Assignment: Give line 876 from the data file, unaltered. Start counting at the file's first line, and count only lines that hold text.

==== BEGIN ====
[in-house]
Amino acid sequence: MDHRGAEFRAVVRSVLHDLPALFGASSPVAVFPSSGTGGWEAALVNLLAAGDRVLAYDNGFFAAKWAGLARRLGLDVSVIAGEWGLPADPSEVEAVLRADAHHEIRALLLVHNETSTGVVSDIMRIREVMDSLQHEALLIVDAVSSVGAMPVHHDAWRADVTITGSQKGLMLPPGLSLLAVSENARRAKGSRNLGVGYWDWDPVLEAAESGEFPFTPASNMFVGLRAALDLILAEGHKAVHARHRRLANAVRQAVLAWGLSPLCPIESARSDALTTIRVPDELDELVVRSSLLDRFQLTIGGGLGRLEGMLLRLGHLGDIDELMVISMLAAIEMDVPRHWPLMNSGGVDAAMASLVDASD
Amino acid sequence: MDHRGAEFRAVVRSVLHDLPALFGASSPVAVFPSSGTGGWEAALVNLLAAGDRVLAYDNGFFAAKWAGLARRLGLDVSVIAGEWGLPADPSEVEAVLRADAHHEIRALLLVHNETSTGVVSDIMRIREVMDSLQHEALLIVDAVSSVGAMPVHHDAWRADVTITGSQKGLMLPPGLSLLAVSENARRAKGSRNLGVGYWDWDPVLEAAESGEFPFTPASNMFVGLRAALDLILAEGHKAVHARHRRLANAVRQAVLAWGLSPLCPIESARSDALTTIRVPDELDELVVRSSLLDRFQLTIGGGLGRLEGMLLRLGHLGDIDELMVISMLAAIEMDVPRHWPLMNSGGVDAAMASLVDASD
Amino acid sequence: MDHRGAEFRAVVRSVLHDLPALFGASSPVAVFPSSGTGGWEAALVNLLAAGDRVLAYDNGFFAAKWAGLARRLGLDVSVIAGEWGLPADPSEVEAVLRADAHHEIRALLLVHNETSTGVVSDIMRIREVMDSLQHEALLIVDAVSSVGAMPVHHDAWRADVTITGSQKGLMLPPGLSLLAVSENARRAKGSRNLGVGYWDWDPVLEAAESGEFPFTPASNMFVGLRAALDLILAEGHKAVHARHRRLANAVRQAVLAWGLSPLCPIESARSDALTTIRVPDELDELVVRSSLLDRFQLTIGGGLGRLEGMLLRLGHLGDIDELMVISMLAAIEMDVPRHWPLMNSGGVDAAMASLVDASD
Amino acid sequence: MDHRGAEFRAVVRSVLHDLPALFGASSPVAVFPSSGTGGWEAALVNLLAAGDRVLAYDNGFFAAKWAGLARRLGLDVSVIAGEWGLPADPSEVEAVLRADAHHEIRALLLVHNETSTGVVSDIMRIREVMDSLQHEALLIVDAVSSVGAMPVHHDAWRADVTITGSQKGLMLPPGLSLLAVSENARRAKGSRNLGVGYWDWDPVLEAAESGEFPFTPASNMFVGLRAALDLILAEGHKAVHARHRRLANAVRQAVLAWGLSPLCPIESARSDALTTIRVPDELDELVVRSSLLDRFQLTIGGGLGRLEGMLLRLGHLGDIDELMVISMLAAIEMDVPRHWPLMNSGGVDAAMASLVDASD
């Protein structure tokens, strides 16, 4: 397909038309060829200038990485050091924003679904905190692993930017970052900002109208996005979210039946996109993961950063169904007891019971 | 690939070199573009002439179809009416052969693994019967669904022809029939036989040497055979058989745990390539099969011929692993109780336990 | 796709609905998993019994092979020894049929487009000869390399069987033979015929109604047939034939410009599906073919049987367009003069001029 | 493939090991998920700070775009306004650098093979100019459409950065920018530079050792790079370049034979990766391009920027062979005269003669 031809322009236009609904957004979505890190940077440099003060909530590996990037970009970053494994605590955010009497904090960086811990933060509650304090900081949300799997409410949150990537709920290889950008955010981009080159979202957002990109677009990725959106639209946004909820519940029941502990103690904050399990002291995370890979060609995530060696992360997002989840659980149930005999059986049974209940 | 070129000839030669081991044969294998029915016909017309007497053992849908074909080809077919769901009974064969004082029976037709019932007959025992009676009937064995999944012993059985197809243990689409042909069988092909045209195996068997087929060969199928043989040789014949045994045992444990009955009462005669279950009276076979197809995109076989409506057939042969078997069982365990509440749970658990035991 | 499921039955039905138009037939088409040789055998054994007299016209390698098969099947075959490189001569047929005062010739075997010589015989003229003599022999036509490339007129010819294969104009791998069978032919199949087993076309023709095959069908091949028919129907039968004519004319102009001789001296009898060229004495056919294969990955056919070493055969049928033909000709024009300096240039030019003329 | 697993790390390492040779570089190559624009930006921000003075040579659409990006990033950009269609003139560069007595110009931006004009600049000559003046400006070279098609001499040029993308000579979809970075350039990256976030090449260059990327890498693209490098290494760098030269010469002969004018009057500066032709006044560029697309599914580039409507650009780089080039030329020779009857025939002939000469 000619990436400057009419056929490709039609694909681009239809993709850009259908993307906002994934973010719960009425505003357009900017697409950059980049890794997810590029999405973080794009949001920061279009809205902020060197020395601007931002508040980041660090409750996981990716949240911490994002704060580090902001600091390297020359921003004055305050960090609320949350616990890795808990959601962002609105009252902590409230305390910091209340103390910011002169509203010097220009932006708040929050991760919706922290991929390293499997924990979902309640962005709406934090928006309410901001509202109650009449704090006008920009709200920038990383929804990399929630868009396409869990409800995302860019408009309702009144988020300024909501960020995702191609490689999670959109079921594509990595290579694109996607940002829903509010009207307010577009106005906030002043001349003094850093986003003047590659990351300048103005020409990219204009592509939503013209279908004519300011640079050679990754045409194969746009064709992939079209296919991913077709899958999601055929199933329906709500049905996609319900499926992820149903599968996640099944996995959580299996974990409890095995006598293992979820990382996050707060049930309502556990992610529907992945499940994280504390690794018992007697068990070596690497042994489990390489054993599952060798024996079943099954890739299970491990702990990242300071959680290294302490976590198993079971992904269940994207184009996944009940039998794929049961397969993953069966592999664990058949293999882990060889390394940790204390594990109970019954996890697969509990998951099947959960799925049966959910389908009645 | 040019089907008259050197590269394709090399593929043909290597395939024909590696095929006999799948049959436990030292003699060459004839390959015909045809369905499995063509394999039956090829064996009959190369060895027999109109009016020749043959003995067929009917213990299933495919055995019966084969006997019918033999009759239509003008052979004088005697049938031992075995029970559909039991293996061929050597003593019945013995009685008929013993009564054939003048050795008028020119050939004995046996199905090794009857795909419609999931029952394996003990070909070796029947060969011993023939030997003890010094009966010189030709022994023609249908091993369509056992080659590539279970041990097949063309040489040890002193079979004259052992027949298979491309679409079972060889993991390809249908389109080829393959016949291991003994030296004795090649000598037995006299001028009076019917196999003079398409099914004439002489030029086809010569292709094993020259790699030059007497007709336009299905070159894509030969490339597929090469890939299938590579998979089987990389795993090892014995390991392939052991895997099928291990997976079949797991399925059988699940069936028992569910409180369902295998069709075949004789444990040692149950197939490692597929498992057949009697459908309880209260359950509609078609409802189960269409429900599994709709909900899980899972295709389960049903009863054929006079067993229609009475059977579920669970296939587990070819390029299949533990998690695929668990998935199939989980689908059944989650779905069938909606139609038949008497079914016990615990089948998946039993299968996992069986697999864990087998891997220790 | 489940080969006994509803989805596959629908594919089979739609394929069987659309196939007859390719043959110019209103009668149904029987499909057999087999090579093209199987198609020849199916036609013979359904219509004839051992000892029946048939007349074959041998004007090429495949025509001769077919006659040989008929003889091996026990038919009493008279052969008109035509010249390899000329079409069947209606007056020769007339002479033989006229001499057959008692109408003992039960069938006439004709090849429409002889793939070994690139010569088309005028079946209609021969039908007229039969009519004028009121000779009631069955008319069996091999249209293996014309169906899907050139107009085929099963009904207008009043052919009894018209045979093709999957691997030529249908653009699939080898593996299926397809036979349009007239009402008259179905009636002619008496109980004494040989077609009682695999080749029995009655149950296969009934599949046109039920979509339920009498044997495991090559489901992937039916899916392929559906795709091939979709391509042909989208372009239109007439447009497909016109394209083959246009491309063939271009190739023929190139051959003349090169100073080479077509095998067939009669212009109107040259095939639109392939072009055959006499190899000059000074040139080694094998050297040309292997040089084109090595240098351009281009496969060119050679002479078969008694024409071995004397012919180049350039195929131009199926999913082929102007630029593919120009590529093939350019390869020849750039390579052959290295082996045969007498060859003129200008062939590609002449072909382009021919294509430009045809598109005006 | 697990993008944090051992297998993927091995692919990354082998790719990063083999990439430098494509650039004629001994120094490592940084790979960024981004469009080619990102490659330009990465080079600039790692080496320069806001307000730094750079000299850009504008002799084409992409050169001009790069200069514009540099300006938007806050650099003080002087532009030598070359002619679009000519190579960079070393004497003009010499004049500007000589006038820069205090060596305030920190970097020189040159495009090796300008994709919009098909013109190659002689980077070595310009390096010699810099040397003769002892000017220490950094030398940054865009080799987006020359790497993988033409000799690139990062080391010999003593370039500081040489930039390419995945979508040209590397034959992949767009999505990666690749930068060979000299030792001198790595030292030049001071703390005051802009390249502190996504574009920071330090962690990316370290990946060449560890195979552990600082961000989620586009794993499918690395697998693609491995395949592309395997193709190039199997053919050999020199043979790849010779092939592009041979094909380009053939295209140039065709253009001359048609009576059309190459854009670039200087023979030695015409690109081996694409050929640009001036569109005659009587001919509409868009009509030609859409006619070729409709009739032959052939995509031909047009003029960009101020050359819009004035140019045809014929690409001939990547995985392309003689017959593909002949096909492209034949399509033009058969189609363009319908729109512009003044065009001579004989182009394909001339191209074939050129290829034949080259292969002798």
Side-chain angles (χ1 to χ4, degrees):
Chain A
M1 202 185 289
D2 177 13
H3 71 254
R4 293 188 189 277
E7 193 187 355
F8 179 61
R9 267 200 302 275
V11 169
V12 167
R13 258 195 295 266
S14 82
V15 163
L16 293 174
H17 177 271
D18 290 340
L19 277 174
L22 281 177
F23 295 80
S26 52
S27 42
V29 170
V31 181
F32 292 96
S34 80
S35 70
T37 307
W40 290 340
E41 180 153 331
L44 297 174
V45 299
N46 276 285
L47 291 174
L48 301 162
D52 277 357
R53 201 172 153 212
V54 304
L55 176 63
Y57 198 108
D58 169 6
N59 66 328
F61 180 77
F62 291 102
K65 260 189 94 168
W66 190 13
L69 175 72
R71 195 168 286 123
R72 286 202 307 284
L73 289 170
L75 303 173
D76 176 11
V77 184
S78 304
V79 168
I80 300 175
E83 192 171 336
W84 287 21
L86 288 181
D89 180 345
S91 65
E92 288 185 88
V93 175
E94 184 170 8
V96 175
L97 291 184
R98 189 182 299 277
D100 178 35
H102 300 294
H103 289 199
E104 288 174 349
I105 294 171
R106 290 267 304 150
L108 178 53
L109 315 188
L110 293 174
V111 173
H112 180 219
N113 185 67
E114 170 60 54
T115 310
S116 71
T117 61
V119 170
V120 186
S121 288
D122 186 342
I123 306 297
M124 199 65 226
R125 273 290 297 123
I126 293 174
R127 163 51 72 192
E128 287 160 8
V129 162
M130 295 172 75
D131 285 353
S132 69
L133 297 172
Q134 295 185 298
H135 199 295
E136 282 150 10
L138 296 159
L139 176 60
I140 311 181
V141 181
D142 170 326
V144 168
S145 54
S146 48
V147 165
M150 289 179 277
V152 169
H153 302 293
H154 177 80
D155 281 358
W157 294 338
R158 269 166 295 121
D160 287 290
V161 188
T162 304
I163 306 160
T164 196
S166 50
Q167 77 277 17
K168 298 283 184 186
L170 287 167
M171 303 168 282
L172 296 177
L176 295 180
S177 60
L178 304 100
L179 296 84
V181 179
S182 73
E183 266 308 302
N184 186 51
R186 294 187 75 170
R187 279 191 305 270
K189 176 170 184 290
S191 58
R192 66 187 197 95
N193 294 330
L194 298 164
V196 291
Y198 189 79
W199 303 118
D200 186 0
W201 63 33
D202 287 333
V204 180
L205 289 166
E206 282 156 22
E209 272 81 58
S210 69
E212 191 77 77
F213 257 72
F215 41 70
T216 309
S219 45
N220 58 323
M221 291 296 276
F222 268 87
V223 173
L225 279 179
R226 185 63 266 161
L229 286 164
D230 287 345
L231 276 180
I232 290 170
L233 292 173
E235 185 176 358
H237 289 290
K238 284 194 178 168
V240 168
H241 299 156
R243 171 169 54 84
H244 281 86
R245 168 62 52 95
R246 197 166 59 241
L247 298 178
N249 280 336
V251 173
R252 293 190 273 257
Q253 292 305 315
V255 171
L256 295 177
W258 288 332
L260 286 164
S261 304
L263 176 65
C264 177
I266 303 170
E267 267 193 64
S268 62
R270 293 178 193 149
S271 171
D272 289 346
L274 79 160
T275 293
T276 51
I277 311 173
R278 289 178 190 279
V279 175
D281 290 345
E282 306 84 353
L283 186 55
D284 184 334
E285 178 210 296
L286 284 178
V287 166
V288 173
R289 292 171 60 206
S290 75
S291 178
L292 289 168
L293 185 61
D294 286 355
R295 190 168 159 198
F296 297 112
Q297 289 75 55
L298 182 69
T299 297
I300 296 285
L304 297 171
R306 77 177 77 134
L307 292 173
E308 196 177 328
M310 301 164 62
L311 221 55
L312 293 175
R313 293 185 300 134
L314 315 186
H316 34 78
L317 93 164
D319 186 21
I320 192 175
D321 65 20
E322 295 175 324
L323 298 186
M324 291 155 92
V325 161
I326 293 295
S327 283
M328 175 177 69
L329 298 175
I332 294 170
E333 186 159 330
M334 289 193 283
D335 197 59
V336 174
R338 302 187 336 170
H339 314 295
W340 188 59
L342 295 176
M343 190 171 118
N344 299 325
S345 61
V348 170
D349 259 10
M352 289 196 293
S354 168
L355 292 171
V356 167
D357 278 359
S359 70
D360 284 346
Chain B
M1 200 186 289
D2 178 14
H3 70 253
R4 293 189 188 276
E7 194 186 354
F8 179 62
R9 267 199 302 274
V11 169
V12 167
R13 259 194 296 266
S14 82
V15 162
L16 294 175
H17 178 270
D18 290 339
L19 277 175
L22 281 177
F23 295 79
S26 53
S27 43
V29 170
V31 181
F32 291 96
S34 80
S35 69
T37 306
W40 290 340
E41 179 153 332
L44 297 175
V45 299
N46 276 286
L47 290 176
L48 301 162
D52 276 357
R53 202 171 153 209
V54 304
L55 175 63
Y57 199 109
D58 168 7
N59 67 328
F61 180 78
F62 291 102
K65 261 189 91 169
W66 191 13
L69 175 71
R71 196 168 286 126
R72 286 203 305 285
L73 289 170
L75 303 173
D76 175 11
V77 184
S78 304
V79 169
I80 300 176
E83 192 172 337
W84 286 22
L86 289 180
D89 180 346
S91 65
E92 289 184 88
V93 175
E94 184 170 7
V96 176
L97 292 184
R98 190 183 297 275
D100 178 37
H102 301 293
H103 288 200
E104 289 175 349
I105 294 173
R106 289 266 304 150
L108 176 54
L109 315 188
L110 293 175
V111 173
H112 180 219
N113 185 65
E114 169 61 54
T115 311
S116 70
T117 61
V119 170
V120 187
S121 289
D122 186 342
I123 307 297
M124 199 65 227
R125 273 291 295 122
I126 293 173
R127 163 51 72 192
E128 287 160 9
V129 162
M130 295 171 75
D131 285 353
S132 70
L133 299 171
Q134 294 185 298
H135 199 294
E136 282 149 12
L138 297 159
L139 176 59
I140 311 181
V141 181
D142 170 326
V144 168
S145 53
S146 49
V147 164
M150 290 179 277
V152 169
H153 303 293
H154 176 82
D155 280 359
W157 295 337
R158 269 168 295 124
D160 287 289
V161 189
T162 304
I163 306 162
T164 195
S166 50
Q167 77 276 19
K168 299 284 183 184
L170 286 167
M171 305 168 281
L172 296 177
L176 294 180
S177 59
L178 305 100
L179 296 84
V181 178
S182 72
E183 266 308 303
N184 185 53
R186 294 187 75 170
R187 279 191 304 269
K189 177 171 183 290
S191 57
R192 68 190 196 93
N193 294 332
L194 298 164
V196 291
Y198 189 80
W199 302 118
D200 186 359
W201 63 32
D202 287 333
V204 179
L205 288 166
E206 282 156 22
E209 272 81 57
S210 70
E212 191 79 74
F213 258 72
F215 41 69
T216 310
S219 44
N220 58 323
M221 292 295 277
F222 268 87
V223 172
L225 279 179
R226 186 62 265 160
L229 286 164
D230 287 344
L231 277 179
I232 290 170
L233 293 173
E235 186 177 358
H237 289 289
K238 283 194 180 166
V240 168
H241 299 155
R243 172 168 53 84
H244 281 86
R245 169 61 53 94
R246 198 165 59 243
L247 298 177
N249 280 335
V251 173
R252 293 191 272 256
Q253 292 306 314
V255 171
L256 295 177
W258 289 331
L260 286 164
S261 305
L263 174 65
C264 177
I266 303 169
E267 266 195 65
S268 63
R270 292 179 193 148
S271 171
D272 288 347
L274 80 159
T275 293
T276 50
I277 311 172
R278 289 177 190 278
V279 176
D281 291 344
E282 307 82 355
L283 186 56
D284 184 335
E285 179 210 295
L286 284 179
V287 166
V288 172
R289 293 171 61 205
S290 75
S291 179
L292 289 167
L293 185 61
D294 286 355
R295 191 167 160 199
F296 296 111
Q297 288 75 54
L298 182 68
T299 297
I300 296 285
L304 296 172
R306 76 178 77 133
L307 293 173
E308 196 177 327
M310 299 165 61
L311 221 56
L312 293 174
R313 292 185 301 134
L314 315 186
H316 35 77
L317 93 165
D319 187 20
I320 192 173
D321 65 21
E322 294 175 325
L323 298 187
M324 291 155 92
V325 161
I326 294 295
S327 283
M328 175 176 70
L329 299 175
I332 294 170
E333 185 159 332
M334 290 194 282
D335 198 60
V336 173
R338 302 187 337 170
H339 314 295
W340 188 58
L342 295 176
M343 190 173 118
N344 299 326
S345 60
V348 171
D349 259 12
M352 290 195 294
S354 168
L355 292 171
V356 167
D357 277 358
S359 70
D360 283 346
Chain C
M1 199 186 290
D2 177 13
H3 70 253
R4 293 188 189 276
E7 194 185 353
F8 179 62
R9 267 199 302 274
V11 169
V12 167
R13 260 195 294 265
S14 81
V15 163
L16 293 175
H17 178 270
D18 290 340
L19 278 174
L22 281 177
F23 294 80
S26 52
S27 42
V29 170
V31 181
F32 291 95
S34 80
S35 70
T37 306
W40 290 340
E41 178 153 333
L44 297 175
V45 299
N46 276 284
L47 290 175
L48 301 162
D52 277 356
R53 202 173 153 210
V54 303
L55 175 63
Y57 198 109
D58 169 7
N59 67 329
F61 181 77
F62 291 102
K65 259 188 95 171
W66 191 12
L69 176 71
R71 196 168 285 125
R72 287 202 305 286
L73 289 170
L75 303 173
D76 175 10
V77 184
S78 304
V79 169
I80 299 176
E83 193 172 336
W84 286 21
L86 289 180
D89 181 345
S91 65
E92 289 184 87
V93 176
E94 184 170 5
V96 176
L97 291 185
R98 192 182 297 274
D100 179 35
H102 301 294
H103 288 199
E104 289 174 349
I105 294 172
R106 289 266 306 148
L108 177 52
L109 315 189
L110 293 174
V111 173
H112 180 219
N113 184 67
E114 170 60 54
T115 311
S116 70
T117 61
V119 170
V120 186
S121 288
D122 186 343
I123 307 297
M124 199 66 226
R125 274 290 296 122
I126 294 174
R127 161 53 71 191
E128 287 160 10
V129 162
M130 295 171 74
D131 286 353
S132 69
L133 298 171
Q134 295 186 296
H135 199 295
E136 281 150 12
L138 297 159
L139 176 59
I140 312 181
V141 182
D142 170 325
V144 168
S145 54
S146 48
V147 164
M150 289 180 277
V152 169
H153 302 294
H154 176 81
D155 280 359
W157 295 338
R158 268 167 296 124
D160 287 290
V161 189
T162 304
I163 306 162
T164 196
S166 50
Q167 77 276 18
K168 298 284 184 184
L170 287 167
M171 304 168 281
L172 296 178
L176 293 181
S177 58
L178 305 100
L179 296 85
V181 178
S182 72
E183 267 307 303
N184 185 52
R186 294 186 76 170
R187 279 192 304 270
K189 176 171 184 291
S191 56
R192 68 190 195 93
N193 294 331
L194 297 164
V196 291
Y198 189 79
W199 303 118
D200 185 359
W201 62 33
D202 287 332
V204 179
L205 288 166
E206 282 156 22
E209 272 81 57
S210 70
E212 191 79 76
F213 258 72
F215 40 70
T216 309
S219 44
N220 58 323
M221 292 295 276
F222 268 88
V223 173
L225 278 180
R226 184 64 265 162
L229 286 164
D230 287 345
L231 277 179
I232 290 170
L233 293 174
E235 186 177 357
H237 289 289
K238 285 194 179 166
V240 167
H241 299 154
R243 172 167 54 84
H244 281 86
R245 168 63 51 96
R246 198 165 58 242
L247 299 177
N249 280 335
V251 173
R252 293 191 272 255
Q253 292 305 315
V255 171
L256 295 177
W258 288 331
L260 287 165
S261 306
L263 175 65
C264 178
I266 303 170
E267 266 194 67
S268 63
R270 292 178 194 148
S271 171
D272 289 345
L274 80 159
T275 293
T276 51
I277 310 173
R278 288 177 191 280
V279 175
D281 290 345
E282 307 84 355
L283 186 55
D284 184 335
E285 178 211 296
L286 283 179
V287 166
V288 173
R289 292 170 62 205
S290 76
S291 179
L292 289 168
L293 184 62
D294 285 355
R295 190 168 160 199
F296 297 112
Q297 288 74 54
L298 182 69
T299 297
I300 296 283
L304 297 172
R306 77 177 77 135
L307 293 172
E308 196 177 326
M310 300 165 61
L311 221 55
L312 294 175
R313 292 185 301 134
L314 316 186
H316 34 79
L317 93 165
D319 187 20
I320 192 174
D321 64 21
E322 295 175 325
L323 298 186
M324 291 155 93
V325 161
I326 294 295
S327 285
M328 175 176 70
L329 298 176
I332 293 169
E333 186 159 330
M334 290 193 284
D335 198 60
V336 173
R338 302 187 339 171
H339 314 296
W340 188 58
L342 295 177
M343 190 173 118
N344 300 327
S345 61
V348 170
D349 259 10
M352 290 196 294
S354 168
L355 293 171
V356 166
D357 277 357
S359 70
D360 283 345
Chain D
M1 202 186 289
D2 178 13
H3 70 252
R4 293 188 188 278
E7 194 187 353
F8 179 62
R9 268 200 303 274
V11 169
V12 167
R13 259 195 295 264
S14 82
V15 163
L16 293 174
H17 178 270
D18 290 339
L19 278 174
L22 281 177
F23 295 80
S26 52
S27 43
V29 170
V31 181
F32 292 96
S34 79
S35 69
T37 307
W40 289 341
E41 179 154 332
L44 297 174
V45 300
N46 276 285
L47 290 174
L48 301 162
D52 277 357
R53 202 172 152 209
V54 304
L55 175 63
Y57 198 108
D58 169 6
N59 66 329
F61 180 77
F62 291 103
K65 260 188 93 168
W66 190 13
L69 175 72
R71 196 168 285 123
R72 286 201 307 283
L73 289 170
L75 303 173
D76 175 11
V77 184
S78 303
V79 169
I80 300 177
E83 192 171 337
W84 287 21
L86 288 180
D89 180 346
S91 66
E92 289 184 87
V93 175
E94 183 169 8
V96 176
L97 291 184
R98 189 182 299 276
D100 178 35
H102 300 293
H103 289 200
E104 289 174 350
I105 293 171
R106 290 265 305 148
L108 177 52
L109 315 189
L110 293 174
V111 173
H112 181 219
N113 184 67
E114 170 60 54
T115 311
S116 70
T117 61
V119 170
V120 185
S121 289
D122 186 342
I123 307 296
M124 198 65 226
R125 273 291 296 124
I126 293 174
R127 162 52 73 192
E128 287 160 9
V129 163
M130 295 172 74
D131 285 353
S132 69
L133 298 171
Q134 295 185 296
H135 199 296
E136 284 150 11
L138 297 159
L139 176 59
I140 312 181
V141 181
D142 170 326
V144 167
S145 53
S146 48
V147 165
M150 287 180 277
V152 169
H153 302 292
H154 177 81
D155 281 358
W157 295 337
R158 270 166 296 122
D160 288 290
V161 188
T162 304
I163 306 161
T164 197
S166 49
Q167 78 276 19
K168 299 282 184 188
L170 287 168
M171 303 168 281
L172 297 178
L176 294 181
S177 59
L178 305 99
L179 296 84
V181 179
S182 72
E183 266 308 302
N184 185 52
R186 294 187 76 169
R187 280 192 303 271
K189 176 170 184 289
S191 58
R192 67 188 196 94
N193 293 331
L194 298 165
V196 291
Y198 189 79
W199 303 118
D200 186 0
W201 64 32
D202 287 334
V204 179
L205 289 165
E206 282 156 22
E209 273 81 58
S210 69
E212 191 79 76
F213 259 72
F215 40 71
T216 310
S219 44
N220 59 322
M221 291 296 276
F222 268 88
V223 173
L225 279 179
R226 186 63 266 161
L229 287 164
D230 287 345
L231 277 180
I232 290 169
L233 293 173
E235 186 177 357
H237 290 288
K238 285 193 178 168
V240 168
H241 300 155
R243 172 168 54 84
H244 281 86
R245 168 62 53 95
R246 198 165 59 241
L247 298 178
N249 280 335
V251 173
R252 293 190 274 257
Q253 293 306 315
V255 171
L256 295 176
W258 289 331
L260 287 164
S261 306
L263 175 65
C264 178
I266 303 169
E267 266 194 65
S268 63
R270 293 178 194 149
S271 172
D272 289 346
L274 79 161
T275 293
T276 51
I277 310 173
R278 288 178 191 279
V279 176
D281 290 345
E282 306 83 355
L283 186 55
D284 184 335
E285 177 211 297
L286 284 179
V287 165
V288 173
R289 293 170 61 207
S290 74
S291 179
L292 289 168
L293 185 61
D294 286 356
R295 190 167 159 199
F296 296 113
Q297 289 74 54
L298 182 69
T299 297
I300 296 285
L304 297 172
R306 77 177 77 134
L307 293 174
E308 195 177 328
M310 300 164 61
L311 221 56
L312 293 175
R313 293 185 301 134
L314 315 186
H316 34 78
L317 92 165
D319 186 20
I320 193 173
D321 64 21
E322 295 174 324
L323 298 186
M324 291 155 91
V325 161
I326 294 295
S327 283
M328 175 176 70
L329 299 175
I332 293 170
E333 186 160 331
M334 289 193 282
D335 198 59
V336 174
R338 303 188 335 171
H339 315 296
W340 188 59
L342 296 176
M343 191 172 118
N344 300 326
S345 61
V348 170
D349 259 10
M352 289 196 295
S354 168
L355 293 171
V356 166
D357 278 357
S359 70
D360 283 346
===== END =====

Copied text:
L109 315 189